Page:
PXE Boot or DHCP Failure on Guest - Fix it now

This article covers how to fix PXE Boot (or DHCP) Failure on Guest.

Nature of this error:

A guest virtual machine starts successfully, but is then either unable to acquire an IP address from DHCP or boot using the PXE protocol, or both. There are two common causes of this error: having a long forward delay time set for the bridge, and when the iptables package and kernel do not support checksum mangling rules.


Long forward delay time on bridge.

This is the most common cause of this error. If the guest network interface is connecting to a bridge device that has STP (Spanning Tree Protocol) enabled, as well as a long forward delay set, the bridge will not forward network packets from the guest virtual machine onto the bridge until at least that number of forward delay seconds have elapsed since the guest connected to the bridge. This delay allows the bridge time to watch traffic from the interface and determine the MAC addresses behind it, and prevent forwarding loops in the network topology. If the forward delay is longer than the timeout of the guest's PXE or DHCP client, then the client's operation will fail, and the guest will either fail to boot (in the case of PXE) or fail to acquire an IP address (in the case of DHCP).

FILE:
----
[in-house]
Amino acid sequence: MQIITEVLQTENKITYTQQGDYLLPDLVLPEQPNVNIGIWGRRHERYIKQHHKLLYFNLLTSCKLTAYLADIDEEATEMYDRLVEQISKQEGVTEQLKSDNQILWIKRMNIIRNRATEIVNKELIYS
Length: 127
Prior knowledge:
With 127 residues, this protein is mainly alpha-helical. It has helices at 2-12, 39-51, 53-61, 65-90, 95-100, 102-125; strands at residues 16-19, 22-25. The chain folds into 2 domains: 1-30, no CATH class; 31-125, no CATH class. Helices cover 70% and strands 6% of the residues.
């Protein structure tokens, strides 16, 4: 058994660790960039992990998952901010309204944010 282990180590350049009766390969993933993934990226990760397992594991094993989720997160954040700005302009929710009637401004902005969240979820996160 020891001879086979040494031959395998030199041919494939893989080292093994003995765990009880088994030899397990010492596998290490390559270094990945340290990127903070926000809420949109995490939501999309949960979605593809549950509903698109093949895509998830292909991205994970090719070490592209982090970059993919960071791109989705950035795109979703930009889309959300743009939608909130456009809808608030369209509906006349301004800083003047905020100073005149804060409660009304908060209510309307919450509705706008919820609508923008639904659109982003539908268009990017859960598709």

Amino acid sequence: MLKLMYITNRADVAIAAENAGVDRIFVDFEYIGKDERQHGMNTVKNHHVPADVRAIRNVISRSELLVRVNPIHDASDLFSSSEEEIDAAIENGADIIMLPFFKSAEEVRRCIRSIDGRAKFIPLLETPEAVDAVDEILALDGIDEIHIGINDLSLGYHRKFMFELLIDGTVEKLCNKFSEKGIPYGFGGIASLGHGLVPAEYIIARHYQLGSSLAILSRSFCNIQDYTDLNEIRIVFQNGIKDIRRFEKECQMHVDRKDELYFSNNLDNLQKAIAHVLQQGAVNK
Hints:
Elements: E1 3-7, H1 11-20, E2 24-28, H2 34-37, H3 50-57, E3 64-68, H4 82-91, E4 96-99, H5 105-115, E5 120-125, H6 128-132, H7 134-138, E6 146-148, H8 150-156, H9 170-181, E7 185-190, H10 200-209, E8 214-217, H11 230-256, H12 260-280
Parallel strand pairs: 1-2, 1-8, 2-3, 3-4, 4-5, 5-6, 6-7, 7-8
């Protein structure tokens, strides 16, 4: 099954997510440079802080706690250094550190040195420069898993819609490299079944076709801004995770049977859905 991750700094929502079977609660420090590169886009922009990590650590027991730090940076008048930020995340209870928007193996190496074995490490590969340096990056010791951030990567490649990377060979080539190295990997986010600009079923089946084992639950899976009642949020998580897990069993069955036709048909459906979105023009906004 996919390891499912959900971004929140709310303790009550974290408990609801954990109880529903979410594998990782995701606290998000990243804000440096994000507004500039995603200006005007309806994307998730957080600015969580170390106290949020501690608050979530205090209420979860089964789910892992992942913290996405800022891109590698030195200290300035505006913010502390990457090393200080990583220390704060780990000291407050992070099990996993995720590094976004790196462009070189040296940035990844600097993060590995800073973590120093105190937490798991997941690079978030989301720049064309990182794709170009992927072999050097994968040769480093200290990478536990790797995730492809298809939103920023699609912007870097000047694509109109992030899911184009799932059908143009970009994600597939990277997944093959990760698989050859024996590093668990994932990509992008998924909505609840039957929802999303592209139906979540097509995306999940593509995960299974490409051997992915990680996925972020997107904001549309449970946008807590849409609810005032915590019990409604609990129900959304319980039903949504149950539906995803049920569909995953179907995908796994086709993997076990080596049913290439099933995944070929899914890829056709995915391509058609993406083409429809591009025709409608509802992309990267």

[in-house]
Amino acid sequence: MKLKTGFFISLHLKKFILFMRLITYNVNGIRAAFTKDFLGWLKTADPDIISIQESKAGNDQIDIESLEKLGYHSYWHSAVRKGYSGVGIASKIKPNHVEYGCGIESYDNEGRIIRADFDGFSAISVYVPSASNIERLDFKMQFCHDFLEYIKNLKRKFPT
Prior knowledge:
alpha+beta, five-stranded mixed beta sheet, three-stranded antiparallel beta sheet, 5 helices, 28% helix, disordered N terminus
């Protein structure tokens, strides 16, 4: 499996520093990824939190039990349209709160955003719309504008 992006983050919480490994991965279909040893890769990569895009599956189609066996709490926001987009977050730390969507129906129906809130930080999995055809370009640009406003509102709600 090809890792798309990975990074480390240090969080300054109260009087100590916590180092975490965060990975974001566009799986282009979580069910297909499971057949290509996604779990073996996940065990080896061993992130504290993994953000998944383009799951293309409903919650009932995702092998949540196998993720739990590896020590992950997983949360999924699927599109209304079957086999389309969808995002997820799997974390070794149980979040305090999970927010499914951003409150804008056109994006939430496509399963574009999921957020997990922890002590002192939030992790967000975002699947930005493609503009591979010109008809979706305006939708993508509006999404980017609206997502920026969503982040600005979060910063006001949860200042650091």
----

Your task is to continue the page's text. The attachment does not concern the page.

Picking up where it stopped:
If this is the case, change the forward delay on the bridge to 0, or disable STP on the bridge.

This solution applies only if the bridge is not used to connect multiple networks, but just to connect multiple endpoints to a single network (the most common use case for bridges used by libvirt).

If the guest has interfaces connecting to a libvirt-managed virtual network, edit the definition for the network, and restart it. 

For example, edit the default network with the following command:

# virsh net-edit default

Add the following attributes to the <bridge> element:

<name_of_bridge='virbr0' delay='0' stp='on'/>


If this problem is still not resolved, the issue may be due to a conflict between firewalld and the default libvirt network.